As I learned more about the park, the irony of a fortified border deepened as I discovered that the main thrust of construction to build the park was completed by a Civilian Conservation Corps crew of some 200 souls—80% of them being Hispanic. And for nearly a century—spanning both sides of the park’s 1944 opening date, a virtual transparent border was enjoyed by neighbors along the Rio Grande. In fact, until 2002 during the weekends of October, an “International Good Neighbor Day Fiesta” was held at the Rio Grande Village where we were camped. The park’s superintendent at the time issued the following statement about the event’s cancellation: “The annual Fiesta is a celebration of both American and Mexican culture, one that promotes international goodwill and cooperation. We have opted to cancel it this year since our neighbors in Mexico, who have lived and worked along the border for generations, will not be allowed to attend.” The Fiesta has not been held since.

We, humans, love to draw lines. It starts young with those made in playground dust by the dragging toe of a dirty sneaker. As we get older, we construct fences around fields and ranches, stacked rock around pastures, and walls around gated neighborhoods. We seem attracted to the separation. I am me. You are you. This is mine. That is yours.

Now I certainly don’t pretend to understand the intricacies of political discourse and have no training in international diplomacy. To be frank, there’s a heap that I don’t know—about a heap of things. But I have observed a few things over the decades that have informed my broader perspective. And frankly, the value in having a broad perspective. For one, I have noticed that it can be very tricky to construct a wall, concrete or virtual, designed to keep others out and not become, in a way, yourself confined. It’s also been my observation that when I try to throw an over-simplified solution at a complex problem or watch others attempt the same, it rarely if ever works. 

Even if one is a proponent of the promised result, a more secure border, a scan of history will offer handy schooling on how ineffective border fences and walls have been at accomplishing that task. The Sumerians built the Amorite Wall, one of the earliest known defensive walls in history, around the 21st century B.C. and were virtually wiped out by the Amorites. The Walls of Jericho? A ragtag bunch of marching refugees shouted them down. The Great Wall of China? Great—tourist attraction. Perhaps one of the most famous of our time, The Berlin Wall, came down just the same. In high school, was given a chunk of it by a German friend that he had personally chipped away with a hammer as the wall came down…literally and figuratively.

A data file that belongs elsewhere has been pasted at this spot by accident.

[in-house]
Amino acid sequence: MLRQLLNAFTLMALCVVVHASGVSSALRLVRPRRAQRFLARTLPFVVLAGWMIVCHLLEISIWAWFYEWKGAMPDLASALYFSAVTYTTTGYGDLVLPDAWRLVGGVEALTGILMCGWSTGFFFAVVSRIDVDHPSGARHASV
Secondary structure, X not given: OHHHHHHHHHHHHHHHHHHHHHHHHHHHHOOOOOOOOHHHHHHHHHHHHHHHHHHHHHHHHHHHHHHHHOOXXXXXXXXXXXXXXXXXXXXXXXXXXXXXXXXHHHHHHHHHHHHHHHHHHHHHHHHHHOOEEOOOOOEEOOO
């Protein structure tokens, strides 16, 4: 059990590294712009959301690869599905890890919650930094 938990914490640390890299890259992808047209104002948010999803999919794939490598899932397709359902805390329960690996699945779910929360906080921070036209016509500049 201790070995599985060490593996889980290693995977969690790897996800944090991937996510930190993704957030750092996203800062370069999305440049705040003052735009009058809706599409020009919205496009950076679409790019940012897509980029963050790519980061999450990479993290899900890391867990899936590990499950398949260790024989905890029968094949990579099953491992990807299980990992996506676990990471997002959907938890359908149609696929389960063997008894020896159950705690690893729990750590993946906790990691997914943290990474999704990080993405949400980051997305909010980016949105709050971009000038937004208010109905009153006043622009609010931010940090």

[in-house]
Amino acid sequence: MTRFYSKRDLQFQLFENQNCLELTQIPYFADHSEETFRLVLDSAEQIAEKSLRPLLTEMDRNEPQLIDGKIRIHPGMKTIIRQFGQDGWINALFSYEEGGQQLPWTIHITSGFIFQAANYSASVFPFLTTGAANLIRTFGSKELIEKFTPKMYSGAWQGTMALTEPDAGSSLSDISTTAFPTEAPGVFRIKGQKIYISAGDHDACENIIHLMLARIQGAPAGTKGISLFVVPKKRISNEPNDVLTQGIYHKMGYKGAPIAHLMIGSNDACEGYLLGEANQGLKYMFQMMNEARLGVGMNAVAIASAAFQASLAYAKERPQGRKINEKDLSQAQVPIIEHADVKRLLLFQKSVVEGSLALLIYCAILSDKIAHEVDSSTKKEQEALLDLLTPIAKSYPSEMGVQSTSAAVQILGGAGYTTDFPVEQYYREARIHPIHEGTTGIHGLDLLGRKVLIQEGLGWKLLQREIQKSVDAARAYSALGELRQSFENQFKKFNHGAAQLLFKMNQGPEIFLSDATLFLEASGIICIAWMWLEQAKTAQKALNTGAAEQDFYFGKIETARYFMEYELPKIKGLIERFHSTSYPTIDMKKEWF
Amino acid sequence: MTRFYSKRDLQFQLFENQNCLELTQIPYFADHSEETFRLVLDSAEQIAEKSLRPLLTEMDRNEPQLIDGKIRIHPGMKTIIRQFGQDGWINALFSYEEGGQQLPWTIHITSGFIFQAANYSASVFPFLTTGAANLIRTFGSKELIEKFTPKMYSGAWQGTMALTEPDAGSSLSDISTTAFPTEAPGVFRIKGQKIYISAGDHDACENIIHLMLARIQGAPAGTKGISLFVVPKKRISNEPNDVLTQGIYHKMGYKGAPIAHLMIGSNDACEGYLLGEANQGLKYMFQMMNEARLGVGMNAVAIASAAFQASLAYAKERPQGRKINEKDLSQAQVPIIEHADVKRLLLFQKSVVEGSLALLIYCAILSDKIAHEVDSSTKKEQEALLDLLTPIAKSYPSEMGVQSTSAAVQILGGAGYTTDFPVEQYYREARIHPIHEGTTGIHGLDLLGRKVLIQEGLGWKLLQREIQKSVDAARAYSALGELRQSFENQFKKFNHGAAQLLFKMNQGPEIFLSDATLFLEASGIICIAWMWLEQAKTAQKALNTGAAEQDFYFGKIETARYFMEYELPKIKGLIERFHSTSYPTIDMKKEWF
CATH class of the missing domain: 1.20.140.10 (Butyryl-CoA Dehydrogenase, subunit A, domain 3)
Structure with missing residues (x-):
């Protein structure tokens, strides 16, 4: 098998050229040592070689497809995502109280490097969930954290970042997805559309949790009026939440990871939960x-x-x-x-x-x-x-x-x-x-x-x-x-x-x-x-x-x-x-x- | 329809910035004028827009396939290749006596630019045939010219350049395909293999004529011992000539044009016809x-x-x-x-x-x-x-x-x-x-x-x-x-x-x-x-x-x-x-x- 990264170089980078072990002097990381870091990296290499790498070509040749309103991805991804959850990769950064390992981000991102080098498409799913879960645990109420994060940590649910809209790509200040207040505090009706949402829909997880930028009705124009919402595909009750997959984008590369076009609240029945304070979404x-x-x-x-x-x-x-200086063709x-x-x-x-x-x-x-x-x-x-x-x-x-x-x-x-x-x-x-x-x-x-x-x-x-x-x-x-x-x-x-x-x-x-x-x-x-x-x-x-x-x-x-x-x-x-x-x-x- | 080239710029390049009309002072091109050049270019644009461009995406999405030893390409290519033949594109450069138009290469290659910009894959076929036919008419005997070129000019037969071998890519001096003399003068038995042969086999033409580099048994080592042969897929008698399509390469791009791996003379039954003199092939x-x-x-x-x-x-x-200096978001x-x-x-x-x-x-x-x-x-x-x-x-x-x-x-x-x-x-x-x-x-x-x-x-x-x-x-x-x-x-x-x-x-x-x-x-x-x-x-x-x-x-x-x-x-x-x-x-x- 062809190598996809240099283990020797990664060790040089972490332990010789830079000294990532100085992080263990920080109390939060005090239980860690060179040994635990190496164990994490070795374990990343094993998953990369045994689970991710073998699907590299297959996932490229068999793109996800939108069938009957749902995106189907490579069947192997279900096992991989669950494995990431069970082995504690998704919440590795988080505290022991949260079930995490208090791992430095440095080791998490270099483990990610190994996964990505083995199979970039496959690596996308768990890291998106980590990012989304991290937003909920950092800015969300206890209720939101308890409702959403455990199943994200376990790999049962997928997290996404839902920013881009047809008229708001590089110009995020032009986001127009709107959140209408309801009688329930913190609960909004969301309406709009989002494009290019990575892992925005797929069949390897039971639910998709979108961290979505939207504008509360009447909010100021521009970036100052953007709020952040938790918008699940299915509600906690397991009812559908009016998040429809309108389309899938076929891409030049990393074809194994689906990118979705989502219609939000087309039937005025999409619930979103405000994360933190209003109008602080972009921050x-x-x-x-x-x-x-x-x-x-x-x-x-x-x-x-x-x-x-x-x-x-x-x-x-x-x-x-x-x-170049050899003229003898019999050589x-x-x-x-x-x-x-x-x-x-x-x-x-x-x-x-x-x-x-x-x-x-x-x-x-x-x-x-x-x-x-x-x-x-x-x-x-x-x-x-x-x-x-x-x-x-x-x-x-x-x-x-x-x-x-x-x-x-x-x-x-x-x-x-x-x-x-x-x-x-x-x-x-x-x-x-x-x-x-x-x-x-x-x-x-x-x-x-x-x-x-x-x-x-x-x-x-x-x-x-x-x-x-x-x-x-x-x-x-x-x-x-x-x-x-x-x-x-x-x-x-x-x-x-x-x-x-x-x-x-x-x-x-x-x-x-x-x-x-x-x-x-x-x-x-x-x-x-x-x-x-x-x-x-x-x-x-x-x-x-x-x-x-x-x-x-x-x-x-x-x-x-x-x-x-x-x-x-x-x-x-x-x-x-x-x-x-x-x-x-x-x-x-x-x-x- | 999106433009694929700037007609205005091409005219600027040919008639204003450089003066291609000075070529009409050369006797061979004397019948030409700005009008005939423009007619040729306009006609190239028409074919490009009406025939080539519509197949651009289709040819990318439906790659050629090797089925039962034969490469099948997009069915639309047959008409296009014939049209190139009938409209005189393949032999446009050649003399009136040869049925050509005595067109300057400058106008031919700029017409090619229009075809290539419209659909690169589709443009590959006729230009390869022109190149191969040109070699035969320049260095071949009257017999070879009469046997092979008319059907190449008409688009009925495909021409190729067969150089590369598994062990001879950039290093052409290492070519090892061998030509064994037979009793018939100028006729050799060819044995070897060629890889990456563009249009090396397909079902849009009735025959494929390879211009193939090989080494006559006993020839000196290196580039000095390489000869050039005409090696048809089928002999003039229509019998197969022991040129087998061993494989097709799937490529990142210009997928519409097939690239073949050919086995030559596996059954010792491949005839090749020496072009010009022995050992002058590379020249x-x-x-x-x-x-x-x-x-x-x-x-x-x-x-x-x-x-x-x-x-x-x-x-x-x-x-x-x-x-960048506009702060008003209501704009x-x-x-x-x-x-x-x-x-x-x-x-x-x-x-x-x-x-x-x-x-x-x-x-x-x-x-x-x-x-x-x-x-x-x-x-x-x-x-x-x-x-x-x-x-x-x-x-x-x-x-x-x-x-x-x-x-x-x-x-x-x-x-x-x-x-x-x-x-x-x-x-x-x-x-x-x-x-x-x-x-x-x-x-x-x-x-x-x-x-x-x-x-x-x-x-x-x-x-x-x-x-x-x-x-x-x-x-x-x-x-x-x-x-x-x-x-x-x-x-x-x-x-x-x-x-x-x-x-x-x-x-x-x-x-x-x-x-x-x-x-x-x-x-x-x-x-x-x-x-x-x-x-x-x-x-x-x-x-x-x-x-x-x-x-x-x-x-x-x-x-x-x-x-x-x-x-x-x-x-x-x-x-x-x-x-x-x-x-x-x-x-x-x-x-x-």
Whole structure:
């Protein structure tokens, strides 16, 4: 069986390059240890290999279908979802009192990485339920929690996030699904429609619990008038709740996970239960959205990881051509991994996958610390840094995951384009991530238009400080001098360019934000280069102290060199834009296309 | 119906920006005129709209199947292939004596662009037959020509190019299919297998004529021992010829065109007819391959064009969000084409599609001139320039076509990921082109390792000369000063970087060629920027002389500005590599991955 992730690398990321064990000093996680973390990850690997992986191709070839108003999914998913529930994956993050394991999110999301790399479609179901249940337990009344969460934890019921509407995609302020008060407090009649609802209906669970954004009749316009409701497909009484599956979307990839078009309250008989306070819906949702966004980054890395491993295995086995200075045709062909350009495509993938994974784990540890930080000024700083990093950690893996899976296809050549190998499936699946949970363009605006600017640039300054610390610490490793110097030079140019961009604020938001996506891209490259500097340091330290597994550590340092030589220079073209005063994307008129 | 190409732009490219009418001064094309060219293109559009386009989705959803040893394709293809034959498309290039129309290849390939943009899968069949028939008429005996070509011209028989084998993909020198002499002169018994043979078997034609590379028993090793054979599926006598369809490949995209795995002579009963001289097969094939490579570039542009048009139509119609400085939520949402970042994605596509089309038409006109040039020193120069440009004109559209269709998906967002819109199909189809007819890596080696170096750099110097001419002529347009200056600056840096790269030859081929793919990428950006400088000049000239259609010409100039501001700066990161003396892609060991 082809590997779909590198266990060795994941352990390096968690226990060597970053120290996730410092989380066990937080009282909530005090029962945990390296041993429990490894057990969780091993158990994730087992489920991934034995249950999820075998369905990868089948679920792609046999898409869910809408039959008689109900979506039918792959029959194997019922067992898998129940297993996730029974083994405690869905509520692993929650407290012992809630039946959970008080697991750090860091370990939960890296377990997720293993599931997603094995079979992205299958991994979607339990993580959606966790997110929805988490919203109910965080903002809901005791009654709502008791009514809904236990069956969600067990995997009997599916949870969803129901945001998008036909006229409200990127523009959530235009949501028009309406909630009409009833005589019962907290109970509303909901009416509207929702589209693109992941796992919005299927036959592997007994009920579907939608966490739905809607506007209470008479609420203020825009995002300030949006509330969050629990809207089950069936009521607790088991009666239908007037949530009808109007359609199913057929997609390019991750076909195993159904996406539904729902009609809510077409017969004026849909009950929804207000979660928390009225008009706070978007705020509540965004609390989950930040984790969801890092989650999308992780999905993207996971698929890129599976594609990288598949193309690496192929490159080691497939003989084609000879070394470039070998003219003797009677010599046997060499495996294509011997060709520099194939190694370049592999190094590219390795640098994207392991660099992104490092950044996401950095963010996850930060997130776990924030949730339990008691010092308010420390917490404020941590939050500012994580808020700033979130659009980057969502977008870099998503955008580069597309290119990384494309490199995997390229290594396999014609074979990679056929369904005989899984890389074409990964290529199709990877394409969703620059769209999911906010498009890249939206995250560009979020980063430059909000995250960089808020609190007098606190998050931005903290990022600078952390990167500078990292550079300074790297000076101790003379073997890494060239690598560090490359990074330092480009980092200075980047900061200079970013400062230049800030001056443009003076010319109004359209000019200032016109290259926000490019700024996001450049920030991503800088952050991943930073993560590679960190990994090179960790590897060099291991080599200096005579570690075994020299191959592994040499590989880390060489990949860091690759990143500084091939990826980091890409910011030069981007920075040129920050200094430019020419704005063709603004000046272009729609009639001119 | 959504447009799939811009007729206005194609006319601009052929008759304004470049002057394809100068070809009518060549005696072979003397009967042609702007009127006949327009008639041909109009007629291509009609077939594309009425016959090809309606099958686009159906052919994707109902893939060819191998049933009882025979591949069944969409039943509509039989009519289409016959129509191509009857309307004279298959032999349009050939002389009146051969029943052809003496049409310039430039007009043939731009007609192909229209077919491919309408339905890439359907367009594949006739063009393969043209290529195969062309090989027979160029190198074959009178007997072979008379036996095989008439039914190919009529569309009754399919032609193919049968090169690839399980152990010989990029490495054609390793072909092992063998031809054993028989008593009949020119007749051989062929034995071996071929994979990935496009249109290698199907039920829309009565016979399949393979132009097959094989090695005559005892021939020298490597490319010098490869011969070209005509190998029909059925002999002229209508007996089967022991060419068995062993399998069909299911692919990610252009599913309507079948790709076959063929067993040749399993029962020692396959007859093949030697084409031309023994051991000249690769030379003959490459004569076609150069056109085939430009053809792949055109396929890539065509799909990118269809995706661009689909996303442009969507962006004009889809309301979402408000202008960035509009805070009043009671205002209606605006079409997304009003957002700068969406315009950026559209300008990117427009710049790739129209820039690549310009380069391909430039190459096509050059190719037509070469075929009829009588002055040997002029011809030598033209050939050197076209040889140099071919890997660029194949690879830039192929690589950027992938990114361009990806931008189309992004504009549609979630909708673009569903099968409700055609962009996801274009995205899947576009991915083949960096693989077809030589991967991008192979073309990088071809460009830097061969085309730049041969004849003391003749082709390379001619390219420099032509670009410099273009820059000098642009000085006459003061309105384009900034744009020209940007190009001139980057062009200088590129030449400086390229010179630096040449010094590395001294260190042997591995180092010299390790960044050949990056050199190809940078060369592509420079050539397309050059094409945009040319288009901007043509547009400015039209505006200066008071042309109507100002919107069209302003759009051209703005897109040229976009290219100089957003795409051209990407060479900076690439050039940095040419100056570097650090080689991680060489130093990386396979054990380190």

I can certainly get behind the idea of “secure” boundaries, in political and personal relationships. But history has shown us, again and again, that they are made by friendly (or at least peaceful/civil) folks working together to make it so. It requires even adversarial ones to seek common ground or at least common good as a place from which to step forward. I believe this to be true and have yet to encounter an argument to convince me otherwise. The steps to being a good neighbor, and the fruits of that effort, are as true across an international border as they are across a backyard fence.

“The wall” itself has receded a bit from the public consciousness in the past 3 years while the border remains a hot and unsolved topic. But as for me, I am less concerned about the crisis between our country and Mexico than I am about the one that is unfolding among us. The one born of a polarization fueled by a mountain of media—news and social—crafted, curated, and calculated to reinforce existing prejudices and positions while vilifying those who would oppose them. So as circumstances continue to present reasons for us to ponder physical separation, may we endeavor to remember, and to remind each other, that we are in this together. When it comes to gaining ground, may we seek the common rather than the battle. And in this waning season as in any other, here’s to peace on earth and goodwill to, and from, us all.

One comment on “#10 | From the Border, with Love